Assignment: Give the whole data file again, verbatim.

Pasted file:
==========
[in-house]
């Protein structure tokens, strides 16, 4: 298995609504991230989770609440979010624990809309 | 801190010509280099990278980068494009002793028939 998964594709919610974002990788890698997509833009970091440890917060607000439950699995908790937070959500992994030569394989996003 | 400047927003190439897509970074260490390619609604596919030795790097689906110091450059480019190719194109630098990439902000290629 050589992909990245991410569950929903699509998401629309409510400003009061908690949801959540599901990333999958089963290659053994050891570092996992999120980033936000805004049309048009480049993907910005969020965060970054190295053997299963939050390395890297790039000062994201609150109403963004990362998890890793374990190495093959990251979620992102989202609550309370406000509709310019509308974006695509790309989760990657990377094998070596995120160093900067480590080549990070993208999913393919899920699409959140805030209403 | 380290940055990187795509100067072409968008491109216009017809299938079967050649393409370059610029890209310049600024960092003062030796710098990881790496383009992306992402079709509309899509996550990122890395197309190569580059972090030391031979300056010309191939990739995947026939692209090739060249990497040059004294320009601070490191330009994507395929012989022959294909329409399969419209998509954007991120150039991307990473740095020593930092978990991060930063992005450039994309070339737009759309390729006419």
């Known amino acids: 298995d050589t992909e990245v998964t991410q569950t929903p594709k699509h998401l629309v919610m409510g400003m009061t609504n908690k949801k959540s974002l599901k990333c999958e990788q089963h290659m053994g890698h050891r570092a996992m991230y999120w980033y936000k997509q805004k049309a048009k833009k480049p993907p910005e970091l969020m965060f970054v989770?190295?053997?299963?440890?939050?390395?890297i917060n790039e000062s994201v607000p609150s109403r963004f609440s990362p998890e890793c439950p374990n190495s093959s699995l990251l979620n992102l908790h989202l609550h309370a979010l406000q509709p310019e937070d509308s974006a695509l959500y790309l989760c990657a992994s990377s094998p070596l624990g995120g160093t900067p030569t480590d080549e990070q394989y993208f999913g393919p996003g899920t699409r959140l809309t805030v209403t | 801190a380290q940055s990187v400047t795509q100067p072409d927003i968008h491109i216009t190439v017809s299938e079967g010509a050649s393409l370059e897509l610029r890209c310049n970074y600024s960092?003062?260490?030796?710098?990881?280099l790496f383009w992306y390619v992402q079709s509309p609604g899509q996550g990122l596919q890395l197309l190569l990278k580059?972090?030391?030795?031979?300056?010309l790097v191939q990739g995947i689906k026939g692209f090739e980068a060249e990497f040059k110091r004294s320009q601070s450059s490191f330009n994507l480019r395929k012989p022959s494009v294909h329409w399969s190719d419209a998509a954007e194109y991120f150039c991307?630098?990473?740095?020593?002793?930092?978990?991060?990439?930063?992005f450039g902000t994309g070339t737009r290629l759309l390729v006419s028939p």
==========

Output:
[in-house]
């Protein structure tokens, strides 16, 4: 298995609504991230989770609440979010624990809309 | 801190010509280099990278980068494009002793028939 998964594709919610974002990788890698997509833009970091440890917060607000439950699995908790937070959500992994030569394989996003 | 400047927003190439897509970074260490390619609604596919030795790097689906110091450059480019190719194109630098990439902000290629 050589992909990245991410569950929903699509998401629309409510400003009061908690949801959540599901990333999958089963290659053994050891570092996992999120980033936000805004049309048009480049993907910005969020965060970054190295053997299963939050390395890297790039000062994201609150109403963004990362998890890793374990190495093959990251979620992102989202609550309370406000509709310019509308974006695509790309989760990657990377094998070596995120160093900067480590080549990070993208999913393919899920699409959140805030209403 | 380290940055990187795509100067072409968008491109216009017809299938079967050649393409370059610029890209310049600024960092003062030796710098990881790496383009992306992402079709509309899509996550990122890395197309190569580059972090030391031979300056010309191939990739995947026939692209090739060249990497040059004294320009601070490191330009994507395929012989022959294909329409399969419209998509954007991120150039991307990473740095020593930092978990991060930063992005450039994309070339737009759309390729006419």
């Known amino acids: 298995d050589t992909e990245v998964t991410q569950t929903p594709k699509h998401l629309v919610m409510g400003m009061t609504n908690k949801k959540s974002l599901k990333c999958e990788q089963h290659m053994g890698h050891r570092a996992m991230y999120w980033y936000k997509q805004k049309a048009k833009k480049p993907p910005e970091l969020m965060f970054v989770?190295?053997?299963?440890?939050?390395?890297i917060n790039e000062s994201v607000p609150s109403r963004f609440s990362p998890e890793c439950p374990n190495s093959s699995l990251l979620n992102l908790h989202l609550h309370a979010l406000q509709p310019e937070d509308s974006a695509l959500y790309l989760c990657a992994s990377s094998p070596l624990g995120g160093t900067p030569t480590d080549e990070q394989y993208f999913g393919p996003g899920t699409r959140l809309t805030v209403t | 801190a380290q940055s990187v400047t795509q100067p072409d927003i968008h491109i216009t190439v017809s299938e079967g010509a050649s393409l370059e897509l610029r890209c310049n970074y600024s960092?003062?260490?030796?710098?990881?280099l790496f383009w992306y390619v992402q079709s509309p609604g899509q996550g990122l596919q890395l197309l190569l990278k580059?972090?030391?030795?031979?300056?010309l790097v191939q990739g995947i689906k026939g692209f090739e980068a060249e990497f040059k110091r004294s320009q601070s450059s490191f330009n994507l480019r395929k012989p022959s494009v294909h329409w399969s190719d419209a998509a954007e194109y991120f150039c991307?630098?990473?740095?020593?002793?930092?978990?991060?990439?930063?992005f450039g902000t994309g070339t737009r290629l759309l390729v006419s028939p």